oil of turpentine; at the syphon I gave a small blast, and corked it up. Two
hours after I took off" the small membrane of that lobe, and upon a gentle blast
at the syphon found an ebullition of infinitely small bubbles.

March 10, (having continued it to the chimney) I cut all the lobes in pieces
by different and various irregular incisions; whence I could easily observe the
several ramifications of the aerial and sanguineous vessels, with their continua-
tion to the circumference of the lobes, and a proportionable diminution as they
were at a further distance from their original.

Shall I hence conclude the structure of the lungs to be a complication of a
multitude of the ramifications of the bronchia and sanguineous vessels ? and
that the seeming vesicles were occasioned only by the violence of the blast, and
the dryness of the extreme and smallest passages of the aerial vessels ; where-
upon those, nearest to the bronchia (being moister) were, more than their or-
dinary proportion, extended, upon hindrance of a free and usual passage to the
air in the lesser vessels or their extremities ? *

Soine Astronomical Observations in part already made, partly to he made.
By Mr. John Flamsteed. N° 86, p. 5034.

These prognostications and observations are now no longer of any use.

* The forcible inflation here resorted to is a great objection to deducing any conclusions from these
experiments, which mdeed appear to be of little value. The bronchial tubes, which are ramifica-
tions of tlie trachea, ultimately lose their cartilaginous structure, and terminate in membranous vesi-
cles or cells, which in the act of inspiration become distended with air. Upon the surfaces of tliese
air-cells are spread the minute ramuli of the pulmonary blood-vessels, so as to have their contained
fluid (the blood) subjected to the chemical action of the air; not indeed by immediate contact, but
with no other intervening medium than the exquisitely thin coats of the distended vesicles or ceils.


jin Accurate Description of the Lake of Geneva, not long since inade by a Person
that had visited it divers Times in the pleasantest Season of the Year-, and com-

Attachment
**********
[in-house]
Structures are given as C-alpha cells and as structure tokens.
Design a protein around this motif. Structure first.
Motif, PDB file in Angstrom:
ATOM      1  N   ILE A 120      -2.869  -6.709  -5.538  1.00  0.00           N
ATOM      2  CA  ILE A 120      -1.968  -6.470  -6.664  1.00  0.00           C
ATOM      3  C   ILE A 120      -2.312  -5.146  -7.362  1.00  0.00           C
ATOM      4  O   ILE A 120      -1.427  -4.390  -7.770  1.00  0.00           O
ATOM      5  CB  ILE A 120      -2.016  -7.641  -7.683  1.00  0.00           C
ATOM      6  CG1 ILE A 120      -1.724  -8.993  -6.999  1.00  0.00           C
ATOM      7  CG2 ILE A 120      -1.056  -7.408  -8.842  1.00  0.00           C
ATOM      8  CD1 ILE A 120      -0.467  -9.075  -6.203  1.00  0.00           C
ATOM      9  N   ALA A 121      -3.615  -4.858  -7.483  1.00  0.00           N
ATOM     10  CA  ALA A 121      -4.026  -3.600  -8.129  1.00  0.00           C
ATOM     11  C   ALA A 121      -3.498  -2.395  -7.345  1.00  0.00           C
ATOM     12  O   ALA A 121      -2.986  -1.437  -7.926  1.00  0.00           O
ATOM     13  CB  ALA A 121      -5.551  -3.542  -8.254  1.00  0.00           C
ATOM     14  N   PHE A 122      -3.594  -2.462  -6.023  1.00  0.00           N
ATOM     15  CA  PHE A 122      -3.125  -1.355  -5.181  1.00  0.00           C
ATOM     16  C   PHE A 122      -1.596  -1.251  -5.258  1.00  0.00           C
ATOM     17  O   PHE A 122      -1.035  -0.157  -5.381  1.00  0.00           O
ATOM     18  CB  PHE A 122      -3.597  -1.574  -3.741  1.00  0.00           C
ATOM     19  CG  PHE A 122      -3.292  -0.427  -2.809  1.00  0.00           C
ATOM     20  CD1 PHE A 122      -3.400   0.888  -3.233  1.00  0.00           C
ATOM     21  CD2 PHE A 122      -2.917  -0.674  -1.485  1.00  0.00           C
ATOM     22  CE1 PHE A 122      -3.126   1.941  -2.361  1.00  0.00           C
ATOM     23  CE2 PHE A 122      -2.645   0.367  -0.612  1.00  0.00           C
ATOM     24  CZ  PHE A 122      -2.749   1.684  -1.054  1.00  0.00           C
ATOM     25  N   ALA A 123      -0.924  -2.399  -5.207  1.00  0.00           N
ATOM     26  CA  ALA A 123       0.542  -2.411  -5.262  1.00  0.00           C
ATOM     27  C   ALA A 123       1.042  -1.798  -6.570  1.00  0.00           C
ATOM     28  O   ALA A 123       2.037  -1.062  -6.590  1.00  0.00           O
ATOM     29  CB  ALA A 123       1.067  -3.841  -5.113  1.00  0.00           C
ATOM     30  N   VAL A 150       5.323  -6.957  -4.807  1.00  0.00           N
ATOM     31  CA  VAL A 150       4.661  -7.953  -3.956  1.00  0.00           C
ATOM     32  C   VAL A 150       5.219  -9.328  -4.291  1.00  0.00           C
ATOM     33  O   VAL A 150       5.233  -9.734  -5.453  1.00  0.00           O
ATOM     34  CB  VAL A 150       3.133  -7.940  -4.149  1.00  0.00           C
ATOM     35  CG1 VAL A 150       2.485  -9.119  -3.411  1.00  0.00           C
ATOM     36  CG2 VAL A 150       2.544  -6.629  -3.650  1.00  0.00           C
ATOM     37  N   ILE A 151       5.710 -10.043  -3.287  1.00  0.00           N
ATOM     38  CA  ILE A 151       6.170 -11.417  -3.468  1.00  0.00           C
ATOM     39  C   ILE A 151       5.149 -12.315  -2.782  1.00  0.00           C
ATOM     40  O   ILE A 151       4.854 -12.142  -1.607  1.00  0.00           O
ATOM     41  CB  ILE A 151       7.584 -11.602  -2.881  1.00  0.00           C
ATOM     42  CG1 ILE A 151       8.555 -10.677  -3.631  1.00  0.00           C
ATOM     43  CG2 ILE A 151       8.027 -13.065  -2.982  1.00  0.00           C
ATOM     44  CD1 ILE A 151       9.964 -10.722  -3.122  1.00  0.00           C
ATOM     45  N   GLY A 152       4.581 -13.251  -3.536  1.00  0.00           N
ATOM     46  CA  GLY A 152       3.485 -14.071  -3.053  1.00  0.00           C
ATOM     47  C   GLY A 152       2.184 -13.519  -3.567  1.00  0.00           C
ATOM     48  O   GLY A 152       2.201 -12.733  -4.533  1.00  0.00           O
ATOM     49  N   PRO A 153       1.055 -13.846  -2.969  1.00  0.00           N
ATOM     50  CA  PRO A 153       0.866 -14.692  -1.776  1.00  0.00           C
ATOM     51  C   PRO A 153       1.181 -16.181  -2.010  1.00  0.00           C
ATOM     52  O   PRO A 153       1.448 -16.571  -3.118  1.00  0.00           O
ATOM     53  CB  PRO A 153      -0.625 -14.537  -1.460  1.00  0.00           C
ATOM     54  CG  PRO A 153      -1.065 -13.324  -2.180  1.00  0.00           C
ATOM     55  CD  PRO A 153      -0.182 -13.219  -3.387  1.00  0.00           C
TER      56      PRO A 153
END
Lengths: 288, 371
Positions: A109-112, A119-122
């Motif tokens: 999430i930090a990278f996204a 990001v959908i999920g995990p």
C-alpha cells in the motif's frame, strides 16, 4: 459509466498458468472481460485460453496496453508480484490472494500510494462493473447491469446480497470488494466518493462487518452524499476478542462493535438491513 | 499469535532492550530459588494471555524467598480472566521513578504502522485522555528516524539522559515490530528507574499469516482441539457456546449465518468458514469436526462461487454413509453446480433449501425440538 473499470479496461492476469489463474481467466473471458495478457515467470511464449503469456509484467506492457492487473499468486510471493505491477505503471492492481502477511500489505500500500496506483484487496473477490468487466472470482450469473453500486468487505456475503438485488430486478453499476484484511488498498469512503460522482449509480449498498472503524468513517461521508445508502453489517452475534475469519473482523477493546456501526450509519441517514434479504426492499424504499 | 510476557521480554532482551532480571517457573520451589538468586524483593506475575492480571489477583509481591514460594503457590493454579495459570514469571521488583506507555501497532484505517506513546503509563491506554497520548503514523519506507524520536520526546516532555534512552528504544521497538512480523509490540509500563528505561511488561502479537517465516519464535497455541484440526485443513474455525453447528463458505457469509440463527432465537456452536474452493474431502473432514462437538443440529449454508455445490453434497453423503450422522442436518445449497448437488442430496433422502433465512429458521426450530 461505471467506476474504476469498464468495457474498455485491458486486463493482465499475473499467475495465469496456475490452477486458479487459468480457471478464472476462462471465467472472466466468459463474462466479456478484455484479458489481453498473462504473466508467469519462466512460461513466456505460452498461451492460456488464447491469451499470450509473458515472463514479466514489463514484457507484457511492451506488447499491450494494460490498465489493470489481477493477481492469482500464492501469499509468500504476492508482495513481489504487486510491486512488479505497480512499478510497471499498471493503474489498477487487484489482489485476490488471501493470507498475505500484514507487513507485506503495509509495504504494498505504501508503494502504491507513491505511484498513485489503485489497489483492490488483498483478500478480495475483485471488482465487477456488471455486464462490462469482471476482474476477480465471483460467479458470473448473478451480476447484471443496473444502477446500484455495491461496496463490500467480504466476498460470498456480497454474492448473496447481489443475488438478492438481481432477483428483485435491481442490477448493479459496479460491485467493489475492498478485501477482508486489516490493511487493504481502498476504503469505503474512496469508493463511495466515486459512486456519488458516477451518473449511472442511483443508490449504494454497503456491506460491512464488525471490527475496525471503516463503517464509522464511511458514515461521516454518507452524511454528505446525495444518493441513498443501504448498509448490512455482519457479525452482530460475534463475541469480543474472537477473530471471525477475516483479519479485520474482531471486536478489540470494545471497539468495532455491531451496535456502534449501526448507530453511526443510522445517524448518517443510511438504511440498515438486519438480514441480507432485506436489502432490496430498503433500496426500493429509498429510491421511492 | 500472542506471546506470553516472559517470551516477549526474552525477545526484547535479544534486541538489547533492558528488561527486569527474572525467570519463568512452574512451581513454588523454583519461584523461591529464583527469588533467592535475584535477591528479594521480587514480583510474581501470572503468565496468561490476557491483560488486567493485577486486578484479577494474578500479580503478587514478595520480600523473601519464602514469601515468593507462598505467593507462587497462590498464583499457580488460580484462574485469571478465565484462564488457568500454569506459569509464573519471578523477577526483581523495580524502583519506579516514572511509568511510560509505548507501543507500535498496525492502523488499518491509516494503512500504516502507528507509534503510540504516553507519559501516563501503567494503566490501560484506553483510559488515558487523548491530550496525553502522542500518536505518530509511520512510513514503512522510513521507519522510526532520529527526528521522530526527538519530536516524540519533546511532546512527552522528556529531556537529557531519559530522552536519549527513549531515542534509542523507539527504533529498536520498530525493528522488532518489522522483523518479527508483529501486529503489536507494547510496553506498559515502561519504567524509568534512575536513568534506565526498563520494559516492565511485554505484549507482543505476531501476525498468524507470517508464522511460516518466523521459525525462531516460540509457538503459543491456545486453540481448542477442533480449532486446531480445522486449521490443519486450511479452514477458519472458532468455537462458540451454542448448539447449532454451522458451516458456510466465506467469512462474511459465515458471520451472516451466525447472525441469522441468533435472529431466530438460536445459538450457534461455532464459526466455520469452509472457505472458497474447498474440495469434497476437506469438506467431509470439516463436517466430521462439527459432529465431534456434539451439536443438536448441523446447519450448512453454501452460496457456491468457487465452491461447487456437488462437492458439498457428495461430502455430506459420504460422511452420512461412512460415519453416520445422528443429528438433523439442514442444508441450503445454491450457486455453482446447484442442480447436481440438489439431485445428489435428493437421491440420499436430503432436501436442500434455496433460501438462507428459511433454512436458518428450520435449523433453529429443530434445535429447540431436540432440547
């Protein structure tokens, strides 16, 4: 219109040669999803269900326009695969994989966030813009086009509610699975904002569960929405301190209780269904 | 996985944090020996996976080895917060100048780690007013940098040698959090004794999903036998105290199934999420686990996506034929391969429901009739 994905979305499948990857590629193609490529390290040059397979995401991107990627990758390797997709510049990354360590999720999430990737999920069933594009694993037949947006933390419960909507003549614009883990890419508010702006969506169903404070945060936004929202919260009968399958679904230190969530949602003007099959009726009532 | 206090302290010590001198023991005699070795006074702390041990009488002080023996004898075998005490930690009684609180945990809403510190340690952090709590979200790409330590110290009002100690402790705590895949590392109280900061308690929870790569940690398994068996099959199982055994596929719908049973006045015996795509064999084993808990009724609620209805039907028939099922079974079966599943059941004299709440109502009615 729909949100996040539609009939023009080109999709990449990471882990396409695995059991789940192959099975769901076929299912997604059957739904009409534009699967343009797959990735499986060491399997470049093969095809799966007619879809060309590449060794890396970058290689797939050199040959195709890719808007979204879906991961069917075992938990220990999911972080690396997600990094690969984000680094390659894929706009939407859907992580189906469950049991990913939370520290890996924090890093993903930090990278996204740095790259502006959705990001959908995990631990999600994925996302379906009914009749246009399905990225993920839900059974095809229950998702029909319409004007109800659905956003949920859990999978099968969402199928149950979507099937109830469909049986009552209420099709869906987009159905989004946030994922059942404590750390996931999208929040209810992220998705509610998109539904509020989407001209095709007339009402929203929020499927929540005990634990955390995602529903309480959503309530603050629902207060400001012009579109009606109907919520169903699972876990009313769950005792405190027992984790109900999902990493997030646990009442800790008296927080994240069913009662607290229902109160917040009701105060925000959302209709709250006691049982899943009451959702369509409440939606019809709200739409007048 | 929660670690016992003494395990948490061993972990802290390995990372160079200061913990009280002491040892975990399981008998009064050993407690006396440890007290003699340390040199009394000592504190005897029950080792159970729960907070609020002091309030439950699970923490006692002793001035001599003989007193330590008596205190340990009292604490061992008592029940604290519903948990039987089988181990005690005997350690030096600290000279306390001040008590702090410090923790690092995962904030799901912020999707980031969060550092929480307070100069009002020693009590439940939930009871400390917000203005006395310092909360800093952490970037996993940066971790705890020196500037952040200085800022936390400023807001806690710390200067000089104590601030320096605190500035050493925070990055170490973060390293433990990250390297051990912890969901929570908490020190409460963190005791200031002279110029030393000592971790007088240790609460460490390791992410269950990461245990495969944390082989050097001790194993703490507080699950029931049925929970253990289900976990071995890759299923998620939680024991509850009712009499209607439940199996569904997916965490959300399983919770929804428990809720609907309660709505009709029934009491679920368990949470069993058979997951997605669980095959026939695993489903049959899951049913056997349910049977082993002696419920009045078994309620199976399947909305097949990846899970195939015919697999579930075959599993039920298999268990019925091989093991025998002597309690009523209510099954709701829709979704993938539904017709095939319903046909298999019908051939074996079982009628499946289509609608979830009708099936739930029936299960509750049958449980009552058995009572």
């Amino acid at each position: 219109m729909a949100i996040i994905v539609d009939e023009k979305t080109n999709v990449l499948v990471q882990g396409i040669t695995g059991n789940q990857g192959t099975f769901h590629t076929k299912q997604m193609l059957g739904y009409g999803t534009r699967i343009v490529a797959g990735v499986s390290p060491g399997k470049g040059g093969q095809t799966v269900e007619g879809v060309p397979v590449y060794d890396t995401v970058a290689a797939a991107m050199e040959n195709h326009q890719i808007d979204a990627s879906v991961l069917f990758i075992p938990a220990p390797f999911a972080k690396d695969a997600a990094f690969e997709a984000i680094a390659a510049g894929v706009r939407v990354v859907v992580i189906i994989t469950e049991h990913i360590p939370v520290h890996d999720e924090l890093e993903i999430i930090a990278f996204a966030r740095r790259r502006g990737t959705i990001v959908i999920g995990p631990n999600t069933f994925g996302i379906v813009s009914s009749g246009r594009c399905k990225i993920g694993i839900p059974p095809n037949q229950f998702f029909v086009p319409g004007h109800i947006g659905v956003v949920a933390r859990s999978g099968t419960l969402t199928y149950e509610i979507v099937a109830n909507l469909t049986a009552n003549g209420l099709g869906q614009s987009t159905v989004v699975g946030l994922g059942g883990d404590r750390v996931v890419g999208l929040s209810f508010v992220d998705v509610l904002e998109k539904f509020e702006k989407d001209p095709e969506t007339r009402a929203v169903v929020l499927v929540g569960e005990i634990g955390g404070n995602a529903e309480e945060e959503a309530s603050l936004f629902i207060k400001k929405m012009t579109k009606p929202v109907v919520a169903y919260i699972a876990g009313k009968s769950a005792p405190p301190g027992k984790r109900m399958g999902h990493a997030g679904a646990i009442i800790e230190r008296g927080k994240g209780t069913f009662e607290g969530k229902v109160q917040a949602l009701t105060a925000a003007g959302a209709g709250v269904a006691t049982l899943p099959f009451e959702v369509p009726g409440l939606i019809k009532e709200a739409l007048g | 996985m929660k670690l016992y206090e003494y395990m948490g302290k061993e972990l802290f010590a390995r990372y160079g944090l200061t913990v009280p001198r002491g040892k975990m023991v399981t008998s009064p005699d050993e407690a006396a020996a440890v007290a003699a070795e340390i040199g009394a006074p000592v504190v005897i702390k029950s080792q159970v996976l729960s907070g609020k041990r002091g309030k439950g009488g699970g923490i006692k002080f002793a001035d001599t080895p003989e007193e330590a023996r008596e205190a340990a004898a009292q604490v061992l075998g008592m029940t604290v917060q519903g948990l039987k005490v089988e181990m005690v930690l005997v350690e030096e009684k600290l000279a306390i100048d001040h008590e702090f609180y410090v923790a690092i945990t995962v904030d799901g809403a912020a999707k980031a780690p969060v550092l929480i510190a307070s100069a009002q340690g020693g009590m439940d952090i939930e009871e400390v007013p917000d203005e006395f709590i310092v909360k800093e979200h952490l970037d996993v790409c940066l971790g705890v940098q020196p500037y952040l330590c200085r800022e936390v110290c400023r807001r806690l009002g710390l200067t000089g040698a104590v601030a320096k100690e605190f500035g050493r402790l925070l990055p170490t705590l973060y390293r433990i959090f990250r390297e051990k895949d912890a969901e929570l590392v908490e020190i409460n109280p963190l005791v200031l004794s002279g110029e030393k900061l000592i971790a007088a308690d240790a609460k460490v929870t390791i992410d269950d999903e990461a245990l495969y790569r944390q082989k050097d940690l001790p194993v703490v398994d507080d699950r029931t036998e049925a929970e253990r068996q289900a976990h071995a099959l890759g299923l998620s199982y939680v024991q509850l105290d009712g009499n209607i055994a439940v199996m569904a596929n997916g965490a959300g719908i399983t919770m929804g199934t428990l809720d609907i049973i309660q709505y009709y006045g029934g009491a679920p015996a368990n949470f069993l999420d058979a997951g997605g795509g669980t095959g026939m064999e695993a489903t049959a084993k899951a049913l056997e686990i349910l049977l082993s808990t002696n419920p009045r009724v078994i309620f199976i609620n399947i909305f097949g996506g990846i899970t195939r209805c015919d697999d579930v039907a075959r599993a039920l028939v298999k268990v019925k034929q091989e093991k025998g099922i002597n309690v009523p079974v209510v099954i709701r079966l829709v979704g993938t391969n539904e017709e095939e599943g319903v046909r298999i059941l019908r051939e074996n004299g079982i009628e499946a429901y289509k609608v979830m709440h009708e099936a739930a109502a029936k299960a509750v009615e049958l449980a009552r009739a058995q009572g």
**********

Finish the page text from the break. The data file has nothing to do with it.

municated to the Ptiblisher by one of his Parisian Correspondents. Translated
by tJw Editor. N° 86, p. 5043.

Instead of reprinting the description here given from the original Transac-
tions, we think it better to refer our readers to the description of this lake as
given by that accurate Swiss naturalist De Saussure, (Voyages dans les Alpes et
Hist. Naturelle des Environs de Geneve) and to the travels of our countryman
Mr. Coxe.

An Account of some Books. N° 86, p. 5047.

I. Lux Mathematica, Collisionibus Johannis Wallisii et Thomas Hobbesii
fcxcussa: Multis et fulgentissimis aucta radiis, Auth. R. R. Adjuncta Censura
Doctrinae Wallisianae de libra, una cum Roseto Hobbesii. Lond. 1672,
in 4to.

The author of this book (probably Mr. Hobbes himself) states that he has
deduced the rise and occasion of the disputes between Dr. Wallis and Mr.
Hobbes, and commended the many and difficult propositions and demonstra-
tions said to be advanced by the latter of them, and compared these with those
of Dr. Wallis. He then proceeds to the controversies themselves, endeavouring
to vindicate Mr. Hobbes's assertions from the objections of Dr. Wallis.

II. Optique de Portraiture et Peinture, contenant la Perspective Speculative
et Pratique accomplie, &c. Par Gregoire Huret, Desseignateur et Graveur or-
dinaire de la Maison du Roy, et de I'Academie Royale de Peinture et Sculpture.
A Paris, 1670, in fol.

This elegant volume in French states the chief aim of its author to have
been, to contribute what he could to the instruction and improvement of youth,
studious of these excellent arts, and groundedly to teach them the rules and
other means, that are really useful and absolutely necessary to them in the

III. Christiani Friderici Germani, Physici Chemnicensis, Academici Curiosi,
Homo ex ovo. Chem. 1672, in 4to.